Alvaston has good access to primary care services. There are three Gp practices, four pharmacies, four dental practices and an Optometrists serving the ward (Derby city council,2012).The ward has a significantly high percentage of people with emergency hospital admissions for myocardial infarction, 40% more than national average (local health.org.uk).The main cause of MI is smoking Coronary heart disease is also high at 38% more than national average. According to Naidoo and Wills (2010) coronary heart disease is one of the most commonly reported longstanding illness in the UK. It is the most common cause of premature death, and often results from a number of lifestyles factors (see Fig ) such as diet high in fat, smoking, alcohol and lack of exercise (Naidoo and Wills, 2010). Health practitioners have a role to construct programmes to tackle causation factors and educating the public about the risks accredited to certain habits and practices.


Fig 5.

Mortality is one of the indicators of deprivation, early mortality rates from Coronary heart disease are 39% higher in Alvaston compared to nationally (PHE, 2013). The death rates from CHD has increased to three times higher among unskilled man than among professionals (DOH, 1999). CHD is caused by key lifestyle risk factors such as smoking, poor nutrition, obesity, lack of exercise and high blood pressure (DOH, 1999). The ward is also high in smoking (see lifestyle graph). Poorer people are often exposed to highest risk as low socio economic status and lack of education seem to be associated with behavioural risk factors for CHD (Hemmingway, 2007).

The increase of influencing factors to CHD start in childhood, and this has authenticated the healthy child programme.(DOH,2008). Although there are many causes of CHD, communities need to be made aware of the changeable risk factors.

Unemployment has also shown to increase the risk of CHD, unemployment levels are higher in Alvaston compared to nationally. The DOH(2000) government document ‘Saving Lives: Our healthier nation has recommended that Health and Local authorities should lead the development and implementation of a comprehensive local programme of effective policies to reduce smoking, promoting healthy eating, physical activity and reducing overweight and obesity. In Alvaston, these services are provided by the Live-well, which is a local authority project.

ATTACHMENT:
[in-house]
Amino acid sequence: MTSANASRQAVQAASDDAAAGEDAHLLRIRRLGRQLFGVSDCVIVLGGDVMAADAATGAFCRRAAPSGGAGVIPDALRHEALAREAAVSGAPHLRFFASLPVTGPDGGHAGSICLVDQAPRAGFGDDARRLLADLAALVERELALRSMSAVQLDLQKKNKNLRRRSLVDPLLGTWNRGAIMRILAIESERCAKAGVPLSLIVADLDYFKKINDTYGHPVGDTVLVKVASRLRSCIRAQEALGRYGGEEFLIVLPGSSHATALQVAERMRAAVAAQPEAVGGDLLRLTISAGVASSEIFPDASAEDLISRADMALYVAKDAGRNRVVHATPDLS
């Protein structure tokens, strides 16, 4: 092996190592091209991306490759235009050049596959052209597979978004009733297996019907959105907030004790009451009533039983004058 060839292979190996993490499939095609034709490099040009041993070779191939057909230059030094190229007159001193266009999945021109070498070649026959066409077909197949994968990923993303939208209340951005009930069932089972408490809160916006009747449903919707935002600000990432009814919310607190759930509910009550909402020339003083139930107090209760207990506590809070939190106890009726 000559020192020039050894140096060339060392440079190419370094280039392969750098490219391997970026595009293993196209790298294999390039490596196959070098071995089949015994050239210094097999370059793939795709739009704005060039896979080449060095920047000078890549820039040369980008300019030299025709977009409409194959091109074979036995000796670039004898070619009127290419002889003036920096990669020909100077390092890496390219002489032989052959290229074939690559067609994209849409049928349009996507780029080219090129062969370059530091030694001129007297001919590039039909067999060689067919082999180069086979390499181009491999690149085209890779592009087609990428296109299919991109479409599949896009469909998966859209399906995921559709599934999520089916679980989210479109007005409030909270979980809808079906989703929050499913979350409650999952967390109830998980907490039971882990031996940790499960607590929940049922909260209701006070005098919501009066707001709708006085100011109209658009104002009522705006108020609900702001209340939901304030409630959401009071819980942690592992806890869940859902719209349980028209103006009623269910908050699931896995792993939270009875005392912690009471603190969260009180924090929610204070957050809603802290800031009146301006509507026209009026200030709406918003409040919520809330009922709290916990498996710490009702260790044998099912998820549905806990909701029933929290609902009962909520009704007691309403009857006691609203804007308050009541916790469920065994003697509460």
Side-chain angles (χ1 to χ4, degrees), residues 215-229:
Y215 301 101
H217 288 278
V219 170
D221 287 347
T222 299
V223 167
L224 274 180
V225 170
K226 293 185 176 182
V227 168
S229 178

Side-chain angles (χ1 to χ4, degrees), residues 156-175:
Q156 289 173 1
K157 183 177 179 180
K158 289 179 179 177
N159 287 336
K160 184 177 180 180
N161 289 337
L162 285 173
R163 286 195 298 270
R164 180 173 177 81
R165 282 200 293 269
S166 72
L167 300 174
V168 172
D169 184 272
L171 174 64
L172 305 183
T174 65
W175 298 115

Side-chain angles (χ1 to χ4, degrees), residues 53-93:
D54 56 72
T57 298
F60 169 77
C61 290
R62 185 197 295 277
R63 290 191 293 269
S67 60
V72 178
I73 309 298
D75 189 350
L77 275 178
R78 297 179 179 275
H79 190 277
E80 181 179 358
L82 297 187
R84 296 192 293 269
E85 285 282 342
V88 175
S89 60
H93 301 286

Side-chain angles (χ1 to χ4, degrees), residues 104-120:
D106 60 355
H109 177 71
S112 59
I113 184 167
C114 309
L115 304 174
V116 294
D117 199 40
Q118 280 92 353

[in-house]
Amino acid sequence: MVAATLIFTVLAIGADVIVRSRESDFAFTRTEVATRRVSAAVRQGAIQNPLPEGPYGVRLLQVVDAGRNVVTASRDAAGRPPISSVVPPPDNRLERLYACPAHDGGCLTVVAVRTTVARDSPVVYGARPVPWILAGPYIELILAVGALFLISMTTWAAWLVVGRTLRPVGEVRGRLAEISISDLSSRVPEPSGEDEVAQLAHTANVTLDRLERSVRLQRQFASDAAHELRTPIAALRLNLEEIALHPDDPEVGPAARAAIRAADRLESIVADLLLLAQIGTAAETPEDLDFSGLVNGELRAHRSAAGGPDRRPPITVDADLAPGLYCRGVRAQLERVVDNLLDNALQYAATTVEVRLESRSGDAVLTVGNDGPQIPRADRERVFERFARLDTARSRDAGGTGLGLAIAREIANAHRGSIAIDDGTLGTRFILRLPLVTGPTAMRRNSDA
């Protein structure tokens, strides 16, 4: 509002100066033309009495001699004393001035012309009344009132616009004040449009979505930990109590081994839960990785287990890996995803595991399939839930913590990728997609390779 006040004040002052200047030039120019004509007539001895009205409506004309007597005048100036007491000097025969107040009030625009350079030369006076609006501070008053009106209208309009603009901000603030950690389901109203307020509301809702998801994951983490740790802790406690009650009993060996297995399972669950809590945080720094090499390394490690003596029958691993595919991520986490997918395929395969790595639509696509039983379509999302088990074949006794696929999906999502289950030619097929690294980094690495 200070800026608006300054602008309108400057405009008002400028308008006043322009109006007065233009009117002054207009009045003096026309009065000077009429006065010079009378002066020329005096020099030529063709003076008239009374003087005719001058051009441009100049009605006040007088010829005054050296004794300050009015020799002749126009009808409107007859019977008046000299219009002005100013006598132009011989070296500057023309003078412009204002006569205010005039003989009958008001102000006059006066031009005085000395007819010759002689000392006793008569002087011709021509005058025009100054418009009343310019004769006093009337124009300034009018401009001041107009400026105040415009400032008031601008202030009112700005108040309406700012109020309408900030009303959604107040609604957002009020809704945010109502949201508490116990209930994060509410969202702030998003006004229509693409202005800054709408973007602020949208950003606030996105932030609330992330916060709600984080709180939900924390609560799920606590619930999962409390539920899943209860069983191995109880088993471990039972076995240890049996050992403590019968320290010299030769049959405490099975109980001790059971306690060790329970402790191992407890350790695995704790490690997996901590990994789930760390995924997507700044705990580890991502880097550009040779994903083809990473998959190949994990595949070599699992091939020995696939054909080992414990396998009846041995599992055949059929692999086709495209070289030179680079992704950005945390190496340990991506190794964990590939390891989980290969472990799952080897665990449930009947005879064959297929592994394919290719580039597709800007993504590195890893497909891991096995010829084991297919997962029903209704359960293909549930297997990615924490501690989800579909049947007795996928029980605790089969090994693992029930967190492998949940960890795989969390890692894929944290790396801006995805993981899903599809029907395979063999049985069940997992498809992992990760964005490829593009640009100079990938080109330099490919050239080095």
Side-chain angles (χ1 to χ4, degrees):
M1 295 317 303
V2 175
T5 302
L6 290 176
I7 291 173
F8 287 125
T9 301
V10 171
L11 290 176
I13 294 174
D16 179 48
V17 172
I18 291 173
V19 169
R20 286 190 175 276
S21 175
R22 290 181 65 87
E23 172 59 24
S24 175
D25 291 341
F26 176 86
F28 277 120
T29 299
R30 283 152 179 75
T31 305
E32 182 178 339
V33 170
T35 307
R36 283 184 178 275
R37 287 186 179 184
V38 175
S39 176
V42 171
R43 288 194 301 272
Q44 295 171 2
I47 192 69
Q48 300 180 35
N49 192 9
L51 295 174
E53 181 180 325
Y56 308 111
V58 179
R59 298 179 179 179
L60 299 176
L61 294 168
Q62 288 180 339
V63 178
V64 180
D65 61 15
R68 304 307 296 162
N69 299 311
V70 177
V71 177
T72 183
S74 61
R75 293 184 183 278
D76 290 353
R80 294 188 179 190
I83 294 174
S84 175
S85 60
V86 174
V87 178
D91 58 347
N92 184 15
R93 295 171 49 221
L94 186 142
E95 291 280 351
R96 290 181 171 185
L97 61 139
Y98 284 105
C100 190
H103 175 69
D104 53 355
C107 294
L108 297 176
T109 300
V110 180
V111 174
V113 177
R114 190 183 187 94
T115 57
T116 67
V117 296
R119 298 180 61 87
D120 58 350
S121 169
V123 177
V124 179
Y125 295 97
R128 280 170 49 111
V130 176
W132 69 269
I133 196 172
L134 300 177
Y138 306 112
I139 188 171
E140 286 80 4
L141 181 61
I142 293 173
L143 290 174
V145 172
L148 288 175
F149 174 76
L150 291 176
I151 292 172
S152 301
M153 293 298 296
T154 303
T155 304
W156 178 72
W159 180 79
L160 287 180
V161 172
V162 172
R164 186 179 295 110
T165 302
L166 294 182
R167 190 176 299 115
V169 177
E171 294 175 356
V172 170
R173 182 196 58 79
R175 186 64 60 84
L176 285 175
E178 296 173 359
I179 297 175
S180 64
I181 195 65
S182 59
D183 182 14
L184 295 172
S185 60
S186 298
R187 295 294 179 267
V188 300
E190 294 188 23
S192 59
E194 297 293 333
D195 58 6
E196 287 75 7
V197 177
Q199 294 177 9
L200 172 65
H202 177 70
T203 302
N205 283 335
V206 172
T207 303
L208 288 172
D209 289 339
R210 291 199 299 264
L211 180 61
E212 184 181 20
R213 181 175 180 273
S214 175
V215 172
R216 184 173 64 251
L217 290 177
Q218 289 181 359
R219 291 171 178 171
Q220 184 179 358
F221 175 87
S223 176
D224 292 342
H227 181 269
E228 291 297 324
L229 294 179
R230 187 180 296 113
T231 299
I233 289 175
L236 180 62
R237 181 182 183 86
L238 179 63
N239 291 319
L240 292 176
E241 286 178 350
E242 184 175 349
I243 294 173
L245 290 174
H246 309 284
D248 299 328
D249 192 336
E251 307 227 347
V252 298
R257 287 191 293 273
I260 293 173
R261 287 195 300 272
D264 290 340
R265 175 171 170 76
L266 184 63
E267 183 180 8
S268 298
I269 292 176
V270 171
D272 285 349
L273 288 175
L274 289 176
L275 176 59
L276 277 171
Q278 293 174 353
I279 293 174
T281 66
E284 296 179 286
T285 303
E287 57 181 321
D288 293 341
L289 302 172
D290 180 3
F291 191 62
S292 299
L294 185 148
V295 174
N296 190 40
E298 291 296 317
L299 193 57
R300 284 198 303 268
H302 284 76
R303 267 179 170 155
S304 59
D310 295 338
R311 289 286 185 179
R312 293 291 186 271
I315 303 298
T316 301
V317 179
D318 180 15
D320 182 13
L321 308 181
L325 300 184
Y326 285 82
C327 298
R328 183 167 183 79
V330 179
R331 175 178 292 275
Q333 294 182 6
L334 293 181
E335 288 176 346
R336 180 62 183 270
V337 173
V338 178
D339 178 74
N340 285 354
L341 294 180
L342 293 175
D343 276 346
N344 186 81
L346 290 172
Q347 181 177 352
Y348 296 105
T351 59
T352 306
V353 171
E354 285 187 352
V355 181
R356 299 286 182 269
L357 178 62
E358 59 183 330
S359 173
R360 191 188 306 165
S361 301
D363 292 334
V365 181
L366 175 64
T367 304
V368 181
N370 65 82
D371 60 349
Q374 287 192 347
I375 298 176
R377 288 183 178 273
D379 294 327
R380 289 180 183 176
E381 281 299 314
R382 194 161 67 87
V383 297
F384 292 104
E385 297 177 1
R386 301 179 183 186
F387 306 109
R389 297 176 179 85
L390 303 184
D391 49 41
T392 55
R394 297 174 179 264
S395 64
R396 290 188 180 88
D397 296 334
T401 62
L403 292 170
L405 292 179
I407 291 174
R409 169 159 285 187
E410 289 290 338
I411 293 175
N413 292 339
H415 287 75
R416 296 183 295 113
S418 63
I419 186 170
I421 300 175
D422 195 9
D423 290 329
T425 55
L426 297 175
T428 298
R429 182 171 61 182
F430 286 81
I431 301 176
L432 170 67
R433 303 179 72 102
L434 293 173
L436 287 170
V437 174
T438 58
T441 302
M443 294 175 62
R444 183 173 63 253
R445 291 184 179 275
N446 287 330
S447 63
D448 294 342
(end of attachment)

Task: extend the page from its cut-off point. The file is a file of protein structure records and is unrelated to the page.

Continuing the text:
Cancer incidence

Adapted by author: ONS, 2011Fig 6.

Over 250 000 people in England are diagnosed with cancer, despite the developments made to tackle it, a big gap remains in mortality rates (Naidoo & Wills, 2010). The increase in cancer rates is said to be a result of longer life expectancy, however according to ( ) work environment contribute to cancer mortalities. Workers from low class jobs are twice as likely to die from cancer as compared to professionals are (Naidoo and Wills, 2010). In Alvaston the majority of the workforce are in elementary jobs (see Fig ) and there are many smokers therefore increasing the prevalence of lung cancer to 44% more than national average. The NHS Framework, a strategy for cancer has set out actions to be used to tackle preventable causes of cancer (DOH, 2011). The focus is primary, this is aimed at health education and support for behaviour changes, especillially in relation to smoking and healthy eating. And secondary focus is intended at increasing the uptake of screening services (DOH.2011). And some of the environmental factors that are linked to cancer are being acknowledged and developed (Naidoo and Wills, 2010).